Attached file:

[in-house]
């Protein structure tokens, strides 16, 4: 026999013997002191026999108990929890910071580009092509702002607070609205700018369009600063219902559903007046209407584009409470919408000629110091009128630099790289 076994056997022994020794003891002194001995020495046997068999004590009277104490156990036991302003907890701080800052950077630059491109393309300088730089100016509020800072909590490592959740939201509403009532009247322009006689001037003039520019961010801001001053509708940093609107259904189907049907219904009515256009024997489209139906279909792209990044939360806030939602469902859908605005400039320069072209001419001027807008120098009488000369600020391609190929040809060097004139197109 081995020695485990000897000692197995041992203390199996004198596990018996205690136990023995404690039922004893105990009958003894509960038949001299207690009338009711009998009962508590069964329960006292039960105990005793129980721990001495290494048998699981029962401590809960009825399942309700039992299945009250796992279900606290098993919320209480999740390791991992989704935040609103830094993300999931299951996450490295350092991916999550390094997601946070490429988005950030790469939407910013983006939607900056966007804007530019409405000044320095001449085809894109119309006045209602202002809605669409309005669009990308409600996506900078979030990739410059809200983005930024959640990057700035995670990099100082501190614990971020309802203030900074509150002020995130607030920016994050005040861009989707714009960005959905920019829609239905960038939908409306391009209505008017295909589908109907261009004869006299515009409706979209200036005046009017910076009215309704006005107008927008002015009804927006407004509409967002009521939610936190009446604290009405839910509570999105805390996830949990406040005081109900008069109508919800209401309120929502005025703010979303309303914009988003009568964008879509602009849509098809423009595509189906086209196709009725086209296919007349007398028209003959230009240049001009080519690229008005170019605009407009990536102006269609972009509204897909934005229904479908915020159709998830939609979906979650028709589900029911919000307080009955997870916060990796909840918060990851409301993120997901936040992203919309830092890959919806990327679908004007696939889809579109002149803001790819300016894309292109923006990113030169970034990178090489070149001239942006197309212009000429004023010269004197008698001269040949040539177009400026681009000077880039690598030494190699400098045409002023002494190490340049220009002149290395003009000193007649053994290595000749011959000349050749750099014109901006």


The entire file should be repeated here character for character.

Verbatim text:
[in-house]
């Protein structure tokens, strides 16, 4: 026999013997002191026999108990929890910071580009092509702002607070609205700018369009600063219902559903007046209407584009409470919408000629110091009128630099790289 076994056997022994020794003891002194001995020495046997068999004590009277104490156990036991302003907890701080800052950077630059491109393309300088730089100016509020800072909590490592959740939201509403009532009247322009006689001037003039520019961010801001001053509708940093609107259904189907049907219904009515256009024997489209139906279909792209990044939360806030939602469902859908605005400039320069072209001419001027807008120098009488000369600020391609190929040809060097004139197109 081995020695485990000897000692197995041992203390199996004198596990018996205690136990023995404690039922004893105990009958003894509960038949001299207690009338009711009998009962508590069964329960006292039960105990005793129980721990001495290494048998699981029962401590809960009825399942309700039992299945009250796992279900606290098993919320209480999740390791991992989704935040609103830094993300999931299951996450490295350092991916999550390094997601946070490429988005950030790469939407910013983006939607900056966007804007530019409405000044320095001449085809894109119309006045209602202002809605669409309005669009990308409600996506900078979030990739410059809200983005930024959640990057700035995670990099100082501190614990971020309802203030900074509150002020995130607030920016994050005040861009989707714009960005959905920019829609239905960038939908409306391009209505008017295909589908109907261009004869006299515009409706979209200036005046009017910076009215309704006005107008927008002015009804927006407004509409967002009521939610936190009446604290009405839910509570999105805390996830949990406040005081109900008069109508919800209401309120929502005025703010979303309303914009988003009568964008879509602009849509098809423009595509189906086209196709009725086209296919007349007398028209003959230009240049001009080519690229008005170019605009407009990536102006269609972009509204897909934005229904479908915020159709998830939609979906979650028709589900029911919000307080009955997870916060990796909840918060990851409301993120997901936040992203919309830092890959919806990327679908004007696939889809579109002149803001790819300016894309292109923006990113030169970034990178090489070149001239942006197309212009000429004023010269004197008698001269040949040539177009400026681009000077880039690598030494190699400098045409002023002494190490340049220009002149290395003009000193007649053994290595000749011959000349050749750099014109901006």